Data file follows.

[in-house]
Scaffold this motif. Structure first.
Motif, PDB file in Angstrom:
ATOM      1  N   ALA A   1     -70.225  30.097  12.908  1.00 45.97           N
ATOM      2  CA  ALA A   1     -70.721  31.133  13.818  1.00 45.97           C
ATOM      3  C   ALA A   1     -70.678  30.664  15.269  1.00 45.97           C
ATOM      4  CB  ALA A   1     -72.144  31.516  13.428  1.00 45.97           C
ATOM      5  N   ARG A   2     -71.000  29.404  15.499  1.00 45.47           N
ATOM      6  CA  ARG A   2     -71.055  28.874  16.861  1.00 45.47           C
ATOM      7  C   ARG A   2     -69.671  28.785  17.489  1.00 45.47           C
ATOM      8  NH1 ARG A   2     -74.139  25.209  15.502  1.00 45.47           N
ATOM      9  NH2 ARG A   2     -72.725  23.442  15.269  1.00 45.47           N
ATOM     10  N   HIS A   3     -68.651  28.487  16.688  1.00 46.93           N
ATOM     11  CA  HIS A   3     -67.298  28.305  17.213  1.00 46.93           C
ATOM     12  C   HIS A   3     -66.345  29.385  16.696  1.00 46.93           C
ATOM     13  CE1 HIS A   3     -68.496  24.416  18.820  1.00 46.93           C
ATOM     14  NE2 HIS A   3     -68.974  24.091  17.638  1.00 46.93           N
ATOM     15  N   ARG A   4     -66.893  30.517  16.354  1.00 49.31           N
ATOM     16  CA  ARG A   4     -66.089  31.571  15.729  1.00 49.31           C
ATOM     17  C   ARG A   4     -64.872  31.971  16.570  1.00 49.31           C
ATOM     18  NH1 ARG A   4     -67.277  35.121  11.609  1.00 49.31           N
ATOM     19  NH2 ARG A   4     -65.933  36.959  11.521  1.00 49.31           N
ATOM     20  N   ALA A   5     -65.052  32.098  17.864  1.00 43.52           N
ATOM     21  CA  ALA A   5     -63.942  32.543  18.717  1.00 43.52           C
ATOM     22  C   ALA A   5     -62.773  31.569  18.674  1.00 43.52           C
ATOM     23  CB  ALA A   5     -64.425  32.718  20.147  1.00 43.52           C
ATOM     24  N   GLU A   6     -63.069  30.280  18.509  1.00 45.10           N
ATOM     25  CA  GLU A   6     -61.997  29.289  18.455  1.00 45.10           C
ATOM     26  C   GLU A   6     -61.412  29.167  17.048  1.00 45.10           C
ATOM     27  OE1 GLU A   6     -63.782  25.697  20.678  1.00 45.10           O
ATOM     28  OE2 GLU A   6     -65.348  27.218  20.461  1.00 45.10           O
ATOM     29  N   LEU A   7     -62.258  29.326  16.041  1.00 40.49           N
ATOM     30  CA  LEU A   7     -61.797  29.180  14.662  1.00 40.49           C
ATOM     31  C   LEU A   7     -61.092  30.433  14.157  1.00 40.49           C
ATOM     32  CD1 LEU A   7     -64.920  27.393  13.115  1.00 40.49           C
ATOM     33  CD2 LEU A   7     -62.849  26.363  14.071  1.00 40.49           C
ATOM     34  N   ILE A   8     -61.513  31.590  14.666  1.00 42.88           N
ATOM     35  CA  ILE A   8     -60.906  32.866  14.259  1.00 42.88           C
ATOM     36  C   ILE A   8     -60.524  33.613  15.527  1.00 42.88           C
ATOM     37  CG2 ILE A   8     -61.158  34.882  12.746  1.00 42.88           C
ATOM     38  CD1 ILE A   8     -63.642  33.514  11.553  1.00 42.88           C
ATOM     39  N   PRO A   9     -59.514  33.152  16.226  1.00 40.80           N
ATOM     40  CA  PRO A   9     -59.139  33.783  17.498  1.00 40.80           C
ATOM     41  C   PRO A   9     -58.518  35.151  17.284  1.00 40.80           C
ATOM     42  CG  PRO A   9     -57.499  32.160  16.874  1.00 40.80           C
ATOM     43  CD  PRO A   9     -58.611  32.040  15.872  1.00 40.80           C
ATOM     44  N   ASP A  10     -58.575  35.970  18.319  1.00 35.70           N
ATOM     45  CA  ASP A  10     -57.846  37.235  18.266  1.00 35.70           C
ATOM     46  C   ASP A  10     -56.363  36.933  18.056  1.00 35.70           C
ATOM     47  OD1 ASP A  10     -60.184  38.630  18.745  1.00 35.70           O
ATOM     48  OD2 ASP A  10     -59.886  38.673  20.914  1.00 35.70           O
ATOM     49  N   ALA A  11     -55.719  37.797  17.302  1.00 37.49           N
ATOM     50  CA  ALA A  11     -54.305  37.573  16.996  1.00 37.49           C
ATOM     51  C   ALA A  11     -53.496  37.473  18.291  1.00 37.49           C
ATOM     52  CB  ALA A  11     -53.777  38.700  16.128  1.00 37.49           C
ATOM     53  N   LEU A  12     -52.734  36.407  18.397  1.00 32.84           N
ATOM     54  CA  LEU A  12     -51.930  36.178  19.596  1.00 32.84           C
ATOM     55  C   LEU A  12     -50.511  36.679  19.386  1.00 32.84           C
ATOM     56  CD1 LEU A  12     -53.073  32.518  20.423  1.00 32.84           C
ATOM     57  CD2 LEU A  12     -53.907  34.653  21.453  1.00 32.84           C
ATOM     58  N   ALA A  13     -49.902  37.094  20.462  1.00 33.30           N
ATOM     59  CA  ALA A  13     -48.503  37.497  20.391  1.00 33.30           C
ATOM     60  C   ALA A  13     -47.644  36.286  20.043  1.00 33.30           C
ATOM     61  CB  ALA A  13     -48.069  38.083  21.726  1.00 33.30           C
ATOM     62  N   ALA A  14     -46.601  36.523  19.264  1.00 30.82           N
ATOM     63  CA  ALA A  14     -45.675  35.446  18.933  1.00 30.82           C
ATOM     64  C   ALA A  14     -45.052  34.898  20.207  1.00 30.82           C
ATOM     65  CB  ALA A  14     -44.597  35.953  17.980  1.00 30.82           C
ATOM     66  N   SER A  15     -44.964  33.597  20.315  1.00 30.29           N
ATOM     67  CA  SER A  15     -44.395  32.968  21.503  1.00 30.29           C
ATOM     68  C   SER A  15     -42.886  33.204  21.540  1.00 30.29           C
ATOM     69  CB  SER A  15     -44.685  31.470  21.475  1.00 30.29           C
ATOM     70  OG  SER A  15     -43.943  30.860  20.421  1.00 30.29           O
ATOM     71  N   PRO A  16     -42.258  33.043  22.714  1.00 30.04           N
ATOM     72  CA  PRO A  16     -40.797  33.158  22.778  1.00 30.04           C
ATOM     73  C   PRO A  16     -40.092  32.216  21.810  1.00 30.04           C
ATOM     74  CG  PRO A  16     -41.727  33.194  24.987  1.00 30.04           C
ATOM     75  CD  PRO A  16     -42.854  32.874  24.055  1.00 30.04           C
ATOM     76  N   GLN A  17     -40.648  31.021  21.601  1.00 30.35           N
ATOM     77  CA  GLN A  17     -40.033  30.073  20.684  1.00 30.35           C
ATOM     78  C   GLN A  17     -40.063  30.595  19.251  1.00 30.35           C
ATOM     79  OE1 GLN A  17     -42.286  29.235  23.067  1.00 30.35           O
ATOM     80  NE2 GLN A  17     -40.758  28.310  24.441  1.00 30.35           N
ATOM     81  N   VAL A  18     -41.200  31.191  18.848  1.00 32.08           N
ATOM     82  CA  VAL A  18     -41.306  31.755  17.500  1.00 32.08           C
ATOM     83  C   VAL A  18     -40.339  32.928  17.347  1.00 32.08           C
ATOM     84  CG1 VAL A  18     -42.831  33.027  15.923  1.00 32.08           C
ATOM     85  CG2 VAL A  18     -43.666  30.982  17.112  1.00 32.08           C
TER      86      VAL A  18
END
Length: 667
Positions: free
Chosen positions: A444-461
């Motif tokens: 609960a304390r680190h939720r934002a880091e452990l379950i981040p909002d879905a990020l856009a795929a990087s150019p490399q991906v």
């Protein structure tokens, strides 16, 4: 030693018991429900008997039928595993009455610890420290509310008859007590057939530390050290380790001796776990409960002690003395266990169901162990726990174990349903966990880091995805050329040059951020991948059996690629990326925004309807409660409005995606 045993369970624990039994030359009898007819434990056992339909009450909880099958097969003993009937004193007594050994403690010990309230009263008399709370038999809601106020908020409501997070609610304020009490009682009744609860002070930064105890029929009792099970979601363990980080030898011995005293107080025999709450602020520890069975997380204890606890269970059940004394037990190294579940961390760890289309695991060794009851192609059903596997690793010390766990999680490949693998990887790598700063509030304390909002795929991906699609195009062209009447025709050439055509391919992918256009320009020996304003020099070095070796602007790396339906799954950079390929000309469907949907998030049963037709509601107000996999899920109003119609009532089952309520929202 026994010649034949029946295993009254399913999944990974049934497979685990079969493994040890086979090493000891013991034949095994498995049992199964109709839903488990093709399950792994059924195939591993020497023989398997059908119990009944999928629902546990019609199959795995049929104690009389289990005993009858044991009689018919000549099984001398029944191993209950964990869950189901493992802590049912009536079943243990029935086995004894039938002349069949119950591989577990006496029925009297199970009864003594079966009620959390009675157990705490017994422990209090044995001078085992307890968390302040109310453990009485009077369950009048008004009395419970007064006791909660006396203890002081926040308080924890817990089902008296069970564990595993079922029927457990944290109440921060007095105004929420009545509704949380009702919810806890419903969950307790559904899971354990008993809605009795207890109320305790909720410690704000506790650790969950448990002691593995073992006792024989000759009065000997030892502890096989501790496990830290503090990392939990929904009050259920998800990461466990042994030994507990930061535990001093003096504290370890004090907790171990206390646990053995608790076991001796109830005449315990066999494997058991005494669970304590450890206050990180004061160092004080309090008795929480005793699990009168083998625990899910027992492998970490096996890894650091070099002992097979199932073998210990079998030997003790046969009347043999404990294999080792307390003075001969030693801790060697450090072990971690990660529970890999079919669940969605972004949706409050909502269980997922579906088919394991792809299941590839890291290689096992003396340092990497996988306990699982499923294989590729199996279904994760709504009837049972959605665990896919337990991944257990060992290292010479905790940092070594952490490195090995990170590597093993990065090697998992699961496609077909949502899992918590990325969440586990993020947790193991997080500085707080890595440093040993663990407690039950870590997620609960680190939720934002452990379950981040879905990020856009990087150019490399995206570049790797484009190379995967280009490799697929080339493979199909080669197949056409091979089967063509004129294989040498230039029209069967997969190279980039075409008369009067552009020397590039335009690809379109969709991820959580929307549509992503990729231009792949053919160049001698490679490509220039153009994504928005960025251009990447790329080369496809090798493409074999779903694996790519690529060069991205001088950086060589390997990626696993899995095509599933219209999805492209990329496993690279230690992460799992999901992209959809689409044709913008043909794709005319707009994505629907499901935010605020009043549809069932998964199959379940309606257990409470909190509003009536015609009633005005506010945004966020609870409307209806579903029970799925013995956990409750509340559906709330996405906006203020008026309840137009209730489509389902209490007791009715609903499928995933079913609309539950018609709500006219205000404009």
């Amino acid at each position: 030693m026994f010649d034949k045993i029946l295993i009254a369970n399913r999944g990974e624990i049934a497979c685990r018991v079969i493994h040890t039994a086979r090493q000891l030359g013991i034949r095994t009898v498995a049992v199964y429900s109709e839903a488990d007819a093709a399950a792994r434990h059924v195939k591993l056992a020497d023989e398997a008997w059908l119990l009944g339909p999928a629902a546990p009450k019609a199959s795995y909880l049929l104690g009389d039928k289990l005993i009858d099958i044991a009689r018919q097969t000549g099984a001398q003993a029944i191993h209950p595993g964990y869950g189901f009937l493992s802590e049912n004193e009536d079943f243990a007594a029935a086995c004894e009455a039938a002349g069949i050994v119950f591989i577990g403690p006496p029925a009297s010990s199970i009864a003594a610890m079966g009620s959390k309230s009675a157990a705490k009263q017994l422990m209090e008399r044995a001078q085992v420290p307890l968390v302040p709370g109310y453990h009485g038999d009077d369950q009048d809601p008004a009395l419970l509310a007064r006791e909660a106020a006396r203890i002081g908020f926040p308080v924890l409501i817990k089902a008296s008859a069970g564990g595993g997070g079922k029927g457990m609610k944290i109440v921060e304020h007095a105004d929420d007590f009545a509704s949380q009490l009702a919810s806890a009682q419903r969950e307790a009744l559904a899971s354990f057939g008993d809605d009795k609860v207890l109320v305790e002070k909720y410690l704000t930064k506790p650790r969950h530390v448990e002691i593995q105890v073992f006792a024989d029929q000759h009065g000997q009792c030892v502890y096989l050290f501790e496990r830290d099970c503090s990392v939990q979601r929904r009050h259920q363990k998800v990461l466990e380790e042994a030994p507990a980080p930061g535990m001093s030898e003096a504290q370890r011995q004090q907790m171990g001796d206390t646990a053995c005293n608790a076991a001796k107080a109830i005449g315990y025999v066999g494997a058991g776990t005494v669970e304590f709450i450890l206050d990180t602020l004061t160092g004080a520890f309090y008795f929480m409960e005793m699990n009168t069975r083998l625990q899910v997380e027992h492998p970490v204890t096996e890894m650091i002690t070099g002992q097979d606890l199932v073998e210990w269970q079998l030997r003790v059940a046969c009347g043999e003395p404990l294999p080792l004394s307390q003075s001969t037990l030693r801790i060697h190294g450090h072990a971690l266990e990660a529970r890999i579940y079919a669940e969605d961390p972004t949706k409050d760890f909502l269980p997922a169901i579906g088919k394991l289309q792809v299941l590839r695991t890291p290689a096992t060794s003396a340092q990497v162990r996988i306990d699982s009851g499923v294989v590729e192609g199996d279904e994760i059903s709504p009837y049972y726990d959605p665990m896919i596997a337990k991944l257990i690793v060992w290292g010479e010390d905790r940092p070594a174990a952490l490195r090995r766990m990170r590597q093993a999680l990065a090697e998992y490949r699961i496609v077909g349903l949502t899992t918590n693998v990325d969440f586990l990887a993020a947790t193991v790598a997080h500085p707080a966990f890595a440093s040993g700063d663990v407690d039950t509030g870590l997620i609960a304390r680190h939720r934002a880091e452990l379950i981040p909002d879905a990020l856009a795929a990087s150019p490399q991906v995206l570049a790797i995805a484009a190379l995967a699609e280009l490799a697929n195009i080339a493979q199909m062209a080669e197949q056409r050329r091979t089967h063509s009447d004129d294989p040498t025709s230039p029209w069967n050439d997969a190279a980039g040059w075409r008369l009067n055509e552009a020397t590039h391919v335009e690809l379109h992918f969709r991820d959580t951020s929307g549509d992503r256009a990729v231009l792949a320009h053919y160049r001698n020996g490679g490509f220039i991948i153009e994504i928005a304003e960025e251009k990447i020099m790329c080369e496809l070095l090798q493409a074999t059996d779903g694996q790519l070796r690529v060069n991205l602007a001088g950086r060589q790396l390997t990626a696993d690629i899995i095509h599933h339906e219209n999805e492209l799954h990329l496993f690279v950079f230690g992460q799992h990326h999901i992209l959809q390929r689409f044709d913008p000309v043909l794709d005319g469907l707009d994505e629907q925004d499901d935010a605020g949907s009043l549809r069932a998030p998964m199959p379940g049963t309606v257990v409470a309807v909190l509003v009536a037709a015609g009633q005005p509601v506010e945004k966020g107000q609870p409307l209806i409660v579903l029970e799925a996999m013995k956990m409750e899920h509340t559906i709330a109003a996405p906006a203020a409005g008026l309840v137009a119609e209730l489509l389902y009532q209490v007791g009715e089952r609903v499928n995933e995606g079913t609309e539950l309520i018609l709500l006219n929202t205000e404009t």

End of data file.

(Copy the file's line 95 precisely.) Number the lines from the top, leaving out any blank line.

């Protein structure tokens, strides 16, 4: 030693018991429900008997039928595993009455610890420290509310008859007590057939530390050290380790001796776990409960002690003395266990169901162990726990174990349903966990880091995805050329040059951020991948059996690629990326925004309807409660409005995606 045993369970624990039994030359009898007819434990056992339909009450909880099958097969003993009937004193007594050994403690010990309230009263008399709370038999809601106020908020409501997070609610304020009490009682009744609860002070930064105890029929009792099970979601363990980080030898011995005293107080025999709450602020520890069975997380204890606890269970059940004394037990190294579940961390760890289309695991060794009851192609059903596997690793010390766990999680490949693998990887790598700063509030304390909002795929991906699609195009062209009447025709050439055509391919992918256009320009020996304003020099070095070796602007790396339906799954950079390929000309469907949907998030049963037709509601107000996999899920109003119609009532089952309520929202 026994010649034949029946295993009254399913999944990974049934497979685990079969493994040890086979090493000891013991034949095994498995049992199964109709839903488990093709399950792994059924195939591993020497023989398997059908119990009944999928629902546990019609199959795995049929104690009389289990005993009858044991009689018919000549099984001398029944191993209950964990869950189901493992802590049912009536079943243990029935086995004894039938002349069949119950591989577990006496029925009297199970009864003594079966009620959390009675157990705490017994422990209090044995001078085992307890968390302040109310453990009485009077369950009048008004009395419970007064006791909660006396203890002081926040308080924890817990089902008296069970564990595993079922029927457990944290109440921060007095105004929420009545509704949380009702919810806890419903969950307790559904899971354990008993809605009795207890109320305790909720410690704000506790650790969950448990002691593995073992006792024989000759009065000997030892502890096989501790496990830290503090990392939990929904009050259920998800990461466990042994030994507990930061535990001093003096504290370890004090907790171990206390646990053995608790076991001796109830005449315990066999494997058991005494669970304590450890206050990180004061160092004080309090008795929480005793699990009168083998625990899910027992492998970490096996890894650091070099002992097979199932073998210990079998030997003790046969009347043999404990294999080792307390003075001969030693801790060697450090072990971690990660529970890999079919669940969605972004949706409050909502269980997922579906088919394991792809299941590839890291290689096992003396340092990497996988306990699982499923294989590729199996279904994760709504009837049972959605665990896919337990991944257990060992290292010479905790940092070594952490490195090995990170590597093993990065090697998992699961496609077909949502899992918590990325969440586990993020947790193991997080500085707080890595440093040993663990407690039950870590997620609960680190939720934002452990379950981040879905990020856009990087150019490399995206570049790797484009190379995967280009490799697929080339493979199909080669197949056409091979089967063509004129294989040498230039029209069967997969190279980039075409008369009067552009020397590039335009690809379109969709991820959580929307549509992503990729231009792949053919160049001698490679490509220039153009994504928005960025251009990447790329080369496809090798493409074999779903694996790519690529060069991205001088950086060589390997990626696993899995095509599933219209999805492209990329496993690279230690992460799992999901992209959809689409044709913008043909794709005319707009994505629907499901935010605020009043549809069932998964199959379940309606257990409470909190509003009536015609009633005005506010945004966020609870409307209806579903029970799925013995956990409750509340559906709330996405906006203020008026309840137009209730489509389902209490007791009715609903499928995933079913609309539950018609709500006219205000404009």